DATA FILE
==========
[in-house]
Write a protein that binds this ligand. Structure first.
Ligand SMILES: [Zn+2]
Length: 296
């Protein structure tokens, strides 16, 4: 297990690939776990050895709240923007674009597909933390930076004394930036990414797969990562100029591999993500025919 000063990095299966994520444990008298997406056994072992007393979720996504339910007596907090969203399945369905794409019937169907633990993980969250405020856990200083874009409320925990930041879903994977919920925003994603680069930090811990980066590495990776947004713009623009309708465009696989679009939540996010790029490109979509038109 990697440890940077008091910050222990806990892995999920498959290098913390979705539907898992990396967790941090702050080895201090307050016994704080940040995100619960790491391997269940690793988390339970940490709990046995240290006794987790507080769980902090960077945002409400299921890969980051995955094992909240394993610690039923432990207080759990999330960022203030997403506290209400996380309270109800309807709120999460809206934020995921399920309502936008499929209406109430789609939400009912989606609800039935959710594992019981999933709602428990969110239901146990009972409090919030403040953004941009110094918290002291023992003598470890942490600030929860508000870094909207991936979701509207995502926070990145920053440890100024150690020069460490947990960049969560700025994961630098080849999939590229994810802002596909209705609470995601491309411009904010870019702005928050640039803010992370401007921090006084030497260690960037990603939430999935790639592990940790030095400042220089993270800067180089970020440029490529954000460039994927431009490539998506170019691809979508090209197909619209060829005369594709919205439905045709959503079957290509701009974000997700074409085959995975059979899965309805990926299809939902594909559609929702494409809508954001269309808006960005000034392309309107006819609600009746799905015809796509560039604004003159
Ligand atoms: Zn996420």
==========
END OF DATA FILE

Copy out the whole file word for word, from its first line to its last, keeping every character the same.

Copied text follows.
[in-house]
Write a protein that binds this ligand. Structure first.
Ligand SMILES: [Zn+2]
Length: 296
């Protein structure tokens, strides 16, 4: 297990690939776990050895709240923007674009597909933390930076004394930036990414797969990562100029591999993500025919 000063990095299966994520444990008298997406056994072992007393979720996504339910007596907090969203399945369905794409019937169907633990993980969250405020856990200083874009409320925990930041879903994977919920925003994603680069930090811990980066590495990776947004713009623009309708465009696989679009939540996010790029490109979509038109 990697440890940077008091910050222990806990892995999920498959290098913390979705539907898992990396967790941090702050080895201090307050016994704080940040995100619960790491391997269940690793988390339970940490709990046995240290006794987790507080769980902090960077945002409400299921890969980051995955094992909240394993610690039923432990207080759990999330960022203030997403506290209400996380309270109800309807709120999460809206934020995921399920309502936008499929209406109430789609939400009912989606609800039935959710594992019981999933709602428990969110239901146990009972409090919030403040953004941009110094918290002291023992003598470890942490600030929860508000870094909207991936979701509207995502926070990145920053440890100024150690020069460490947990960049969560700025994961630098080849999939590229994810802002596909209705609470995601491309411009904010870019702005928050640039803010992370401007921090006084030497260690960037990603939430999935790639592990940790030095400042220089993270800067180089970020440029490529954000460039994927431009490539998506170019691809979508090209197909619209060829005369594709919205439905045709959503079957290509701009974000997700074409085959995975059979899965309805990926299809939902594909559609929702494409809508954001269309808006960005000034392309309107006819609600009746799905015809796509560039604004003159
Ligand atoms: Zn996420």